You might be thinking about competition all wrong. Competition breeds success. It’s a trite, unscientific example, but take something I recently did as at least a small snippet of anecdotal evidence. Meerkat launched a few months ago, and as an avid Tech Crunch Report listener, when I heard about it I shrugged my shoulders, not really giving the channel much thought. Then Periscope launched. Now I was listening. These SV guys must be on to something… Since I am obsessed with all things social media, I knew I better get on what appeared to be a rapidly growing bandwagon. (I now have accounts on both channels, but deleted the Meerkat app because it seems to be in many ways inferior).
The example implicates something both physics and business buffs alike will know about: “Critical Mass.” For your business to be successful, critical mass is key. In order to profit from anything, you need a large population of people to “need” your product or service. By being surrounded by other companies that also provide a similar product/service, more and more people believe they “need” it (whether they do or not).
Consequently, many entrepreneurs and marketers will often say that they look at their competitors to see what they’re doing so that they can do it, too.
This is where many businesses really get it wrong. It might seem simple enough to think that in order to replicate a competitor’s success, you simply need to do as they do. FALSE. You can more appropriately think of competition in two ways: 1) do what they do, but improve upon it in a way that makes you more marketable OR 2) Let them have that portion of the market share, while you build something they either can’t/won’t replicate – giving you each your own separate niche markets.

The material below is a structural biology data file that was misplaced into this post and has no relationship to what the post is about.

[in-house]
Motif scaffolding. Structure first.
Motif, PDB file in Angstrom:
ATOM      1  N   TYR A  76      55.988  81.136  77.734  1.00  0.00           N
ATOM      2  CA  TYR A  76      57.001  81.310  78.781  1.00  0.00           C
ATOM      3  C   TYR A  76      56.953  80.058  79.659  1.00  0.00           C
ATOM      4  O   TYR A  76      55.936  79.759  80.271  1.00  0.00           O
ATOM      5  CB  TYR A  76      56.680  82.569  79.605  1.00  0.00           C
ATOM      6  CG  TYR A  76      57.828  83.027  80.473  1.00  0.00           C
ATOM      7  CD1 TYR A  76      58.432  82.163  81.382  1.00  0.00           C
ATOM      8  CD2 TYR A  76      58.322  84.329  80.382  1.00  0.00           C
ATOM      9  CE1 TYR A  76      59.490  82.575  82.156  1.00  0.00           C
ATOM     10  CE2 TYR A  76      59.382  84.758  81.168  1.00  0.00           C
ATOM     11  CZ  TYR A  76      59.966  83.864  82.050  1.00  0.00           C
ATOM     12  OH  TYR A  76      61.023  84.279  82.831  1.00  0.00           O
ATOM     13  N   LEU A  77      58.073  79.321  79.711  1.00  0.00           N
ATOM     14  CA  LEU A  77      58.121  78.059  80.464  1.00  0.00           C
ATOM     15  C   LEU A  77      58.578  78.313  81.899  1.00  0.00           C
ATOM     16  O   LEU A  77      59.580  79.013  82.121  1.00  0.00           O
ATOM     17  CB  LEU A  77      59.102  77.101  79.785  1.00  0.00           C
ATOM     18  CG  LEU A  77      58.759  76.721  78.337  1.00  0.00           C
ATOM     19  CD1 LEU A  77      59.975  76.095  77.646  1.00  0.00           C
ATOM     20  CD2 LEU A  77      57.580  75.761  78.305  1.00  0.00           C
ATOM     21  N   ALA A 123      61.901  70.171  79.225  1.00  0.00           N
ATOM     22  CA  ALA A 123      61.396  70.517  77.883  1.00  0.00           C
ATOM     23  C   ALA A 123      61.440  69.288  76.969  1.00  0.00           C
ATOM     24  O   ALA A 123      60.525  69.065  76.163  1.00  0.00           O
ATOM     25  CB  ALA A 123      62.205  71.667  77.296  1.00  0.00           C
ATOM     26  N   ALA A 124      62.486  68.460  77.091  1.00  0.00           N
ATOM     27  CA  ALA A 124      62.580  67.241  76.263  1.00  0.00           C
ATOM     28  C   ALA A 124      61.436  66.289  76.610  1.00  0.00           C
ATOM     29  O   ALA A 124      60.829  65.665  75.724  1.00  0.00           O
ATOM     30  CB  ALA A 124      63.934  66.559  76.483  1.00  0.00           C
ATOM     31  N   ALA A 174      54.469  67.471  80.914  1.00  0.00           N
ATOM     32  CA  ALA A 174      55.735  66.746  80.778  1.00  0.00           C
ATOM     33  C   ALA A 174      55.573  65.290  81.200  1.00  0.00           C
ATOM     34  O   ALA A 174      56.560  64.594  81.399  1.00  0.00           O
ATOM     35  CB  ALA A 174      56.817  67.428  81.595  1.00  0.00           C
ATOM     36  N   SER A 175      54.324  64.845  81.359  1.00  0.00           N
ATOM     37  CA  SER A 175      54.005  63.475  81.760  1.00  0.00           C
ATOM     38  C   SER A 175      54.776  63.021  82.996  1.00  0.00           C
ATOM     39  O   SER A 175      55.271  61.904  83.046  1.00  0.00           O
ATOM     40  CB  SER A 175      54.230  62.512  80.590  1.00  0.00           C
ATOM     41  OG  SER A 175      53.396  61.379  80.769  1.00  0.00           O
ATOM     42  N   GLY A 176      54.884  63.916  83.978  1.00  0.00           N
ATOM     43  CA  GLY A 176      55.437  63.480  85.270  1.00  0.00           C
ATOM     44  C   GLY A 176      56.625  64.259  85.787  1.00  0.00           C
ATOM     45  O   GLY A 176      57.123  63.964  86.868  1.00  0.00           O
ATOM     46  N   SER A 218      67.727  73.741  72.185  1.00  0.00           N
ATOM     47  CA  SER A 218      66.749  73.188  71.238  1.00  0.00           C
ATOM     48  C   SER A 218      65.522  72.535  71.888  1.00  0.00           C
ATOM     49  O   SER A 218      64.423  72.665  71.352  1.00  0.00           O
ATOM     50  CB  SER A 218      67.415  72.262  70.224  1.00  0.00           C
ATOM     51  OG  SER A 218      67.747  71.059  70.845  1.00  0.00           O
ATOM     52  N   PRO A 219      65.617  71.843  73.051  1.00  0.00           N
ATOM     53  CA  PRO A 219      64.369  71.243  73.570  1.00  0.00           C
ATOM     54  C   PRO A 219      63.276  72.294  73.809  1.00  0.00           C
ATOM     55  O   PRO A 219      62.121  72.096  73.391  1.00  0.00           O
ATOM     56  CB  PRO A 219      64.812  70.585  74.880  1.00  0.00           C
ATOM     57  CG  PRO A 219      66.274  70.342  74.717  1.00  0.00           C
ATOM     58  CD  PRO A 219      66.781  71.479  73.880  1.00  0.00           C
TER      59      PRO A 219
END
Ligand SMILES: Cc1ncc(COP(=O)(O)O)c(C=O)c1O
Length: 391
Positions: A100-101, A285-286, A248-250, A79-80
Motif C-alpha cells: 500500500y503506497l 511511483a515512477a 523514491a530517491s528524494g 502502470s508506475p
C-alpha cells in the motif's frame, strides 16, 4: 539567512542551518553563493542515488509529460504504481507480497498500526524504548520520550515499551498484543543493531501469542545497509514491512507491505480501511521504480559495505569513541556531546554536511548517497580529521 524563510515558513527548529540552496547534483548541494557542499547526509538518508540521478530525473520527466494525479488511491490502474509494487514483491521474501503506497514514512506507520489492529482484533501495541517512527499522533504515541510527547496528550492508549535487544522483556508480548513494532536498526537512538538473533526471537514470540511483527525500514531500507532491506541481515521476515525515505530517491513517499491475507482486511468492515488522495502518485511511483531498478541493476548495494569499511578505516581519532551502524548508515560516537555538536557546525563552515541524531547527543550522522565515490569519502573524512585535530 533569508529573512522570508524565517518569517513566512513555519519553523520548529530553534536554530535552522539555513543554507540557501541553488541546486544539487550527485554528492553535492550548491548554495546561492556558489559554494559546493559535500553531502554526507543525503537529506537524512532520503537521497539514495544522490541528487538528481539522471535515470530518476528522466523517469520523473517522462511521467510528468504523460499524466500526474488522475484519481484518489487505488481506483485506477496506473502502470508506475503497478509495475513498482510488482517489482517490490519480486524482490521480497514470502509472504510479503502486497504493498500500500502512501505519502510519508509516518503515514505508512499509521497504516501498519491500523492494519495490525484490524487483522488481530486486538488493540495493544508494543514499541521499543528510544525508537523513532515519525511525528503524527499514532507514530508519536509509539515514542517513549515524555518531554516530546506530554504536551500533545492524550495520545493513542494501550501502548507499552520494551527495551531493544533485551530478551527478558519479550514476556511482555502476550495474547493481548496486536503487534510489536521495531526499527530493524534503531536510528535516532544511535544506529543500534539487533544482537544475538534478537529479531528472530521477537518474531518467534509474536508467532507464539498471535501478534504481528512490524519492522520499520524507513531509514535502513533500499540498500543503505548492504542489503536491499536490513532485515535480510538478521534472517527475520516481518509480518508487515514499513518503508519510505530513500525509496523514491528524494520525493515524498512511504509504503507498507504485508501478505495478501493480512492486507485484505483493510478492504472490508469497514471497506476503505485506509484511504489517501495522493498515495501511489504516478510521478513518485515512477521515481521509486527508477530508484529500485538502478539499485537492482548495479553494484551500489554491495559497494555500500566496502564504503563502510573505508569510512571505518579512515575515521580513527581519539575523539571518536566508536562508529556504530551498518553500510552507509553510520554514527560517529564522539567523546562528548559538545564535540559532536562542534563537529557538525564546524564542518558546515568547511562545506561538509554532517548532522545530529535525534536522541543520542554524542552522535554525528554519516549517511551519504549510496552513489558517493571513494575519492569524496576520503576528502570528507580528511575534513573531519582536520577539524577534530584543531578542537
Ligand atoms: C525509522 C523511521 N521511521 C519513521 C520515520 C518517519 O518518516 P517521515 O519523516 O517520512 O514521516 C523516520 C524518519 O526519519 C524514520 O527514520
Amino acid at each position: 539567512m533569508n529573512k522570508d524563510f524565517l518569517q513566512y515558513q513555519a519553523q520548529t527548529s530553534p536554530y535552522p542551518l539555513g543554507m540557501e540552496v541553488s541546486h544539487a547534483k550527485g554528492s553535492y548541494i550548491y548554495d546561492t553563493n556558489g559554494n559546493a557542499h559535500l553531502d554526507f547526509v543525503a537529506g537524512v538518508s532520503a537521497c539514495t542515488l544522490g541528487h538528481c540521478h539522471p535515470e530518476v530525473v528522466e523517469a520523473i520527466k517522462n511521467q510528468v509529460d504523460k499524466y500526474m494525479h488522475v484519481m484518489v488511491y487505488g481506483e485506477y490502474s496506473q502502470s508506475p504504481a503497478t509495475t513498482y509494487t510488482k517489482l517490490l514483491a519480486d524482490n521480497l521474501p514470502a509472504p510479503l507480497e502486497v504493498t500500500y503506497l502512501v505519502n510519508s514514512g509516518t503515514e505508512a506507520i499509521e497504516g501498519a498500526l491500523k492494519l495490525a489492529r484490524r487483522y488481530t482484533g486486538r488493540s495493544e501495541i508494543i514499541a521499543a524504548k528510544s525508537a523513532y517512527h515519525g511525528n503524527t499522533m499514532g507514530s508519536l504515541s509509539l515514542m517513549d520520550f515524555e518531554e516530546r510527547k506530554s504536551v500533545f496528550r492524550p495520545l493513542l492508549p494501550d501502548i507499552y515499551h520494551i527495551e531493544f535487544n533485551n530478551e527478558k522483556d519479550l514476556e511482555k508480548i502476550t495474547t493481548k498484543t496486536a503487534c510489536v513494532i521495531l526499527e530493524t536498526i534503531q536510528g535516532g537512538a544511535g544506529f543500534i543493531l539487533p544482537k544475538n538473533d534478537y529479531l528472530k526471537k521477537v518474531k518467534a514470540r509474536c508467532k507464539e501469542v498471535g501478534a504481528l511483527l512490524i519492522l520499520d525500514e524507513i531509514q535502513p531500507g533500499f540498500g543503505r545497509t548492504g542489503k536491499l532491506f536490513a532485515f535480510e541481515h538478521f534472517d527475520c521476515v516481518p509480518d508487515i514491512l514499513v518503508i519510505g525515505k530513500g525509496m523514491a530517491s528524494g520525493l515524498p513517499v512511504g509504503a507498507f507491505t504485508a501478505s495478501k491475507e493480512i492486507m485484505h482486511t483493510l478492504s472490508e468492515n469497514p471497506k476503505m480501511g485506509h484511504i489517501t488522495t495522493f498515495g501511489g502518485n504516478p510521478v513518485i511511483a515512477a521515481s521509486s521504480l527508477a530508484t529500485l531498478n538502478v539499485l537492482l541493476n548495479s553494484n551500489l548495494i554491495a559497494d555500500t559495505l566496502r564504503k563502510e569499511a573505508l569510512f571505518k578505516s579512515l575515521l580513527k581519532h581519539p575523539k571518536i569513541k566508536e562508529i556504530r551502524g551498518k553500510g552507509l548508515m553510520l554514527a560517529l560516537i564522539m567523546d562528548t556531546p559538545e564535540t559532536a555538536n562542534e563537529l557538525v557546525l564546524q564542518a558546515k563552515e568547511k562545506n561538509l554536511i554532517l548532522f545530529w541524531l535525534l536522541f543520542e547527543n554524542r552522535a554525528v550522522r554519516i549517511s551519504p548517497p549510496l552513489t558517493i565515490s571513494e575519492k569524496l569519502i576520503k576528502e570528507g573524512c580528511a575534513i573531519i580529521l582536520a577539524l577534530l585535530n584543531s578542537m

1) Do what they do – but do it better. This is pretty standard when it comes to certain things. If your competitor is suddenly selling blue widgets and you don’t carry blue widgets, a good thing to do might be to start selling blue widgets – BUT sell better blue widgets. Your impulse might be to sell blue widgets at a lower price, but beware of starting a price war in which no one wins (except maybe the customer and your bankruptcy lawyer).
Of course, that’s an extremely simplified way to look at “doing it better.” I see it all the time in my industry, which is somewhat of a niche market. A provider of the same service will attempt to duplicate a brochure or ad of mine (even stealing the exact same copy!), and the only time it really concerns me is when they do a better job of it than I do. When they do a poor job of duplicating my efforts, they make my organization look even more appealing when compared to a (seemingly) less capable one. If imitation is the highest form of flattery, than poor imitation is the quickest way to improve your competitors’ business. If you can’t improve upon what they’re doing, why be the consumer’s second choice?
2) Let them have it. Let’s look at our blue widget example again. Say you’re company A, and you sell red and yellow widgets, just like Company B. Suddenly, Company B starts selling blue widgets, which are more expensive. You could start selling blue widgets to keep up with them, but you can only match their price. Instead, you can let them have the market share of blue widget buyers. Thus, you decide you will now “specialize” in red and yellow widgets, by becoming the expert in the red and yellow widget field. You solely repair Red and yellow widgets. You have the go-to blog for red and yellow widget owners. Your branding is red and yellow. When someone comes in your store or to your website looking for a blue widget, you’ve perfected your pitch about why red and yellow widgets are superior. When they still want the blue widget, you happily provide them directions to Company B. That’s because you know, when they are looking for a red or yellow widget (or one of their friends are), they’ll remember Company A is the red and yellow widget expert.
The moral of the story: Keep an eye on the competition, but only do what you can be the best at.